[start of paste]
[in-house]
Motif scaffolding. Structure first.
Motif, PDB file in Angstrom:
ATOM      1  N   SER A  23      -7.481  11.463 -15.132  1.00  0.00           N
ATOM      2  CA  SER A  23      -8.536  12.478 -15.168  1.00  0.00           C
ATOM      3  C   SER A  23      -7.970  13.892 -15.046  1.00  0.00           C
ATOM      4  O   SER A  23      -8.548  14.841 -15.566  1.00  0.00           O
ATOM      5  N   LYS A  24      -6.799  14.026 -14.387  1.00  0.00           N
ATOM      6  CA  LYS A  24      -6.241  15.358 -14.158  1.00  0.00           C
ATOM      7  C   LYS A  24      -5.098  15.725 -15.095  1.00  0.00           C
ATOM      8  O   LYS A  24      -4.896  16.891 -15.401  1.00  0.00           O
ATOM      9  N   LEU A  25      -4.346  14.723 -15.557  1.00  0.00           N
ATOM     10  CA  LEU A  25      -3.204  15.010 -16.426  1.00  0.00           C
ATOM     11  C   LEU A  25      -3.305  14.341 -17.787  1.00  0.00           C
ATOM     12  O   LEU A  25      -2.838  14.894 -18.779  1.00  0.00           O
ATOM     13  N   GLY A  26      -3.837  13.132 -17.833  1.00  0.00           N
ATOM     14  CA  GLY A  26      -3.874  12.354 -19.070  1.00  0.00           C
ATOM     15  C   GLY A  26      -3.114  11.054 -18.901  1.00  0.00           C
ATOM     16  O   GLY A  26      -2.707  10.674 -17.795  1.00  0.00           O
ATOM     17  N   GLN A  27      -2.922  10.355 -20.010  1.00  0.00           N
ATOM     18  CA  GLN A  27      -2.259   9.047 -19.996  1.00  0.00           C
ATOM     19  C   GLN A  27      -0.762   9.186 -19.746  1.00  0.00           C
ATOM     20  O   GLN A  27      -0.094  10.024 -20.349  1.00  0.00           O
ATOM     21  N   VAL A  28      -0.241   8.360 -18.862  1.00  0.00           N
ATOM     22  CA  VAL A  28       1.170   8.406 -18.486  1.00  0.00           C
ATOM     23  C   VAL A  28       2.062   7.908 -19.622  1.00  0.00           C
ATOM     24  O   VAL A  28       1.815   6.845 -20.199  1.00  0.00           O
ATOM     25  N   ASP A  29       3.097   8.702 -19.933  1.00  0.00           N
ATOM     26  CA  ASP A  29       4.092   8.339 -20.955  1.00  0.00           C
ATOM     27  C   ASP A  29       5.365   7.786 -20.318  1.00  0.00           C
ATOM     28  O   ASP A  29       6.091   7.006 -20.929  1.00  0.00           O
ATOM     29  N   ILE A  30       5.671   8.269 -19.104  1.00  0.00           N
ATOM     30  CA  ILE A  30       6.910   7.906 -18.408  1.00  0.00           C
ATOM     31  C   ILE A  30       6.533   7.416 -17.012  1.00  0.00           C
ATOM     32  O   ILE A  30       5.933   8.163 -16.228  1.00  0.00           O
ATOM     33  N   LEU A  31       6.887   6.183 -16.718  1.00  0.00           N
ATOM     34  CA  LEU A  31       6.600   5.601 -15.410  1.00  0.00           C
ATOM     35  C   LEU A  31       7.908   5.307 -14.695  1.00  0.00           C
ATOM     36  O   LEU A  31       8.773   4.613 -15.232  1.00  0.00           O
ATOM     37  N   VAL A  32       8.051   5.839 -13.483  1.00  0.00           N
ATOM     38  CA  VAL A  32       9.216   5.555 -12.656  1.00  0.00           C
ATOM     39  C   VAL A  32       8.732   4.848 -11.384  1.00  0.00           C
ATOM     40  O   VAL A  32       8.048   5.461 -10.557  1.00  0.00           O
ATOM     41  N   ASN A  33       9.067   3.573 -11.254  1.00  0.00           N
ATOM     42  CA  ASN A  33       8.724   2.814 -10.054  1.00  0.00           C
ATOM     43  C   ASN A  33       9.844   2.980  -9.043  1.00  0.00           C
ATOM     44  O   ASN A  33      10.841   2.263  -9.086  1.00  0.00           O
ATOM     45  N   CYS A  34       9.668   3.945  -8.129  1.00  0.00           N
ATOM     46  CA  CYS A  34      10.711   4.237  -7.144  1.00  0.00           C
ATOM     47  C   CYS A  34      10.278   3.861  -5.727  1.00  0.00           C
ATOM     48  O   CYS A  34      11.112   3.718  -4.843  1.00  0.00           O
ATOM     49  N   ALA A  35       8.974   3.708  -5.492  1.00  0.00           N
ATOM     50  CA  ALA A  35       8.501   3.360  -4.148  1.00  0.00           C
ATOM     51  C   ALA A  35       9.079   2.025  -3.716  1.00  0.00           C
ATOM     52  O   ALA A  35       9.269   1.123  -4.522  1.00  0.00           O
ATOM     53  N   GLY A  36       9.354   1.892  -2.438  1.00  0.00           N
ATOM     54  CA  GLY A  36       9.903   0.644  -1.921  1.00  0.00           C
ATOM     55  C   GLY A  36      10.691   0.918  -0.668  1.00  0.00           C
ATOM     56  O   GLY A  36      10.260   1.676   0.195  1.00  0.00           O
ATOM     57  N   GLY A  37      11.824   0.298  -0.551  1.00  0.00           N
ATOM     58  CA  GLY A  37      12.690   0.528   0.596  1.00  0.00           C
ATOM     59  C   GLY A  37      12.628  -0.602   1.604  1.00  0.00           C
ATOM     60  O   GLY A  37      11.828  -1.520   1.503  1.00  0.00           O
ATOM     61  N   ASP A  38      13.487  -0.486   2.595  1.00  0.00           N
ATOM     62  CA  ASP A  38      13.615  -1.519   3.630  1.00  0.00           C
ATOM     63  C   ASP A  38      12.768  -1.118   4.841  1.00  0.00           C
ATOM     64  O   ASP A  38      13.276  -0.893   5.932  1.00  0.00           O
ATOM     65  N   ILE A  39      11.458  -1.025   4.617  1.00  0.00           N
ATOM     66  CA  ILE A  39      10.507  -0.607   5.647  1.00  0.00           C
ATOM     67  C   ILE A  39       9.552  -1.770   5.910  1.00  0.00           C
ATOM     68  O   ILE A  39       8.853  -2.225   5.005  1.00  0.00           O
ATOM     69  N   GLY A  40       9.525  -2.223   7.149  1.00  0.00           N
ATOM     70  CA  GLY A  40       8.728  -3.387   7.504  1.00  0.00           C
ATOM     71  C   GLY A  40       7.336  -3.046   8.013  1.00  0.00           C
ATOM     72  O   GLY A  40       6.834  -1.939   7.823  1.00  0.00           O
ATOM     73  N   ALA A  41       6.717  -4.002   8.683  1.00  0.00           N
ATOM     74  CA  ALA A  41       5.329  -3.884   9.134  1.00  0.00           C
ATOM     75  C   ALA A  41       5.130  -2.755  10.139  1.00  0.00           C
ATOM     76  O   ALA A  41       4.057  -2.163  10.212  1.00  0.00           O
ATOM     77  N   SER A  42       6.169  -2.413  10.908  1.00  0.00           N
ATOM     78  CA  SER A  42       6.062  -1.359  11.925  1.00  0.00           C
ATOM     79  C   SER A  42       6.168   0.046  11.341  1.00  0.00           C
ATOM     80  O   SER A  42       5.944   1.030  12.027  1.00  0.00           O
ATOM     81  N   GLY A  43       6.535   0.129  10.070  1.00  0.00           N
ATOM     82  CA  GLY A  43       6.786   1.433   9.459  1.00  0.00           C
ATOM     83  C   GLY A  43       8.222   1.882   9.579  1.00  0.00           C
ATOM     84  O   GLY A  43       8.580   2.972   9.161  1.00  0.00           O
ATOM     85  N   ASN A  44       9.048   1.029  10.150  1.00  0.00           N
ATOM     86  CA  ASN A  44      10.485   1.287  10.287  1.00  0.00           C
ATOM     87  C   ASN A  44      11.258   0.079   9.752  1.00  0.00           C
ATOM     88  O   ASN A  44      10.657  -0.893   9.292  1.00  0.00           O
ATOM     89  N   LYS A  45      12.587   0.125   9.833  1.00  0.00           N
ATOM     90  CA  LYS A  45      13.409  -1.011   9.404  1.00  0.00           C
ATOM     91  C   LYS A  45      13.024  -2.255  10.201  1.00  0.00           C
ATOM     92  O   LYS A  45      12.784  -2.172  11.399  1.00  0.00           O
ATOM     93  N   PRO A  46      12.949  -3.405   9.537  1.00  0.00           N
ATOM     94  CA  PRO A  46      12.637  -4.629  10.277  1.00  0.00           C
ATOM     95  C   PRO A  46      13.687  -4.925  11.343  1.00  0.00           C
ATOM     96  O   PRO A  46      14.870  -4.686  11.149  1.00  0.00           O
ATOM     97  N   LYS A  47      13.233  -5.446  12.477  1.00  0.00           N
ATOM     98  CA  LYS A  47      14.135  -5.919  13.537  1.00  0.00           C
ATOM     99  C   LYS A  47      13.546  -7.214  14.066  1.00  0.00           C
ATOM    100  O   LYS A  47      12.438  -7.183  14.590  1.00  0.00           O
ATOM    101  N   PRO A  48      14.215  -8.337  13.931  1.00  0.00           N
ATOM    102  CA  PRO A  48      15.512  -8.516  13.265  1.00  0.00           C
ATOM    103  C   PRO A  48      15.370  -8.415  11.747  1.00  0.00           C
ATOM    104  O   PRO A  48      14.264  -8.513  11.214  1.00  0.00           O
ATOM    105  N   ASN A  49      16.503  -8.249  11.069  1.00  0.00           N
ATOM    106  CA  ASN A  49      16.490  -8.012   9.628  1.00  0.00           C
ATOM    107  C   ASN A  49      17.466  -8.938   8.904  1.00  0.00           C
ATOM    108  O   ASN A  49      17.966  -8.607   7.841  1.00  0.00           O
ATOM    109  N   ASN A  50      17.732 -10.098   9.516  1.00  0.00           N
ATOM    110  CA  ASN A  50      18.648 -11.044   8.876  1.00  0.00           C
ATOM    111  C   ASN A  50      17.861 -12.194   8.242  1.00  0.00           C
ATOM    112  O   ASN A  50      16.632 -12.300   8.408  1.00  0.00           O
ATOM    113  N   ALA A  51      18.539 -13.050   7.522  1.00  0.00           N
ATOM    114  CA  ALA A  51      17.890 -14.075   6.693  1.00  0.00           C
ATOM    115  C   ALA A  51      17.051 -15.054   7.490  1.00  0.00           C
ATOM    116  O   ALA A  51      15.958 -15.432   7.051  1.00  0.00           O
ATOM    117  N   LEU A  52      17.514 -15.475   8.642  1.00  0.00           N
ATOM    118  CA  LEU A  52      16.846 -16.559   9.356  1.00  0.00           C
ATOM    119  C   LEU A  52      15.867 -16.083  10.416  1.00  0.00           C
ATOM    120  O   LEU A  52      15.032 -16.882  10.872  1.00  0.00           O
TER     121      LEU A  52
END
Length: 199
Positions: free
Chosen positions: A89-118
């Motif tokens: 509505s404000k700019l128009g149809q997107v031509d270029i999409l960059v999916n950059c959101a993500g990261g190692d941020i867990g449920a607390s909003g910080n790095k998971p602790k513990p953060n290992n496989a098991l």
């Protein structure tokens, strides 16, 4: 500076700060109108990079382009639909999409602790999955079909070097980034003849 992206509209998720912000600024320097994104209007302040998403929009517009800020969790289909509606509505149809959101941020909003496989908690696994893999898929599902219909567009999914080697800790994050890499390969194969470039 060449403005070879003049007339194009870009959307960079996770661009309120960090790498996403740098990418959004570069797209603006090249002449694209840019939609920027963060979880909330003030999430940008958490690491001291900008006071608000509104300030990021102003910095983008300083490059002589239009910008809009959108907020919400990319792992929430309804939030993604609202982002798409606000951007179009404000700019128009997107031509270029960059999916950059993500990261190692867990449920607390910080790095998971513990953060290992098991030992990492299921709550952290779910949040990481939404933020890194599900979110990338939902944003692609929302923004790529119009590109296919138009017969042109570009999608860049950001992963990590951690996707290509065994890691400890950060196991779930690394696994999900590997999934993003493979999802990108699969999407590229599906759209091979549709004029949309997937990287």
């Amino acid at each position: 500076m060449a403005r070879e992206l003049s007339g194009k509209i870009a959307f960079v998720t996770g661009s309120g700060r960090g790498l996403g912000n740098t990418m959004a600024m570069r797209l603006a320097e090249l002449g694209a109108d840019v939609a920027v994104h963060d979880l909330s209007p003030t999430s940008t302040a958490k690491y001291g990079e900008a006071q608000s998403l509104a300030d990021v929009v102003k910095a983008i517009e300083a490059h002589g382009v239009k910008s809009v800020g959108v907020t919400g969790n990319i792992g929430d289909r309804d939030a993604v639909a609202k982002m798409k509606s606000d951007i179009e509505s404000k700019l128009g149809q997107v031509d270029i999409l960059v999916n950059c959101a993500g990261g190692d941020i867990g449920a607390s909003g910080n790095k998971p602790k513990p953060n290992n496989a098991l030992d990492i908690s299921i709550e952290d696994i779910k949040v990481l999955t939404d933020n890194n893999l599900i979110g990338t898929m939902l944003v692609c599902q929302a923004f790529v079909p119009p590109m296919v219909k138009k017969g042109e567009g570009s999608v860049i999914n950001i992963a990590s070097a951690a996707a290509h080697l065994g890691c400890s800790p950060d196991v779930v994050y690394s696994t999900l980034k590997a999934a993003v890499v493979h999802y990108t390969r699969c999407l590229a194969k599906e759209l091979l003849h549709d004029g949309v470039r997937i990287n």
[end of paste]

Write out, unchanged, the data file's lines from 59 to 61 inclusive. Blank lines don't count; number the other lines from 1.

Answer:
ATOM     56  O   GLY A  36      10.260   1.676   0.195  1.00  0.00           O
ATOM     57  N   GLY A  37      11.824   0.298  -0.551  1.00  0.00           N
ATOM     58  CA  GLY A  37      12.690   0.528   0.596  1.00  0.00           C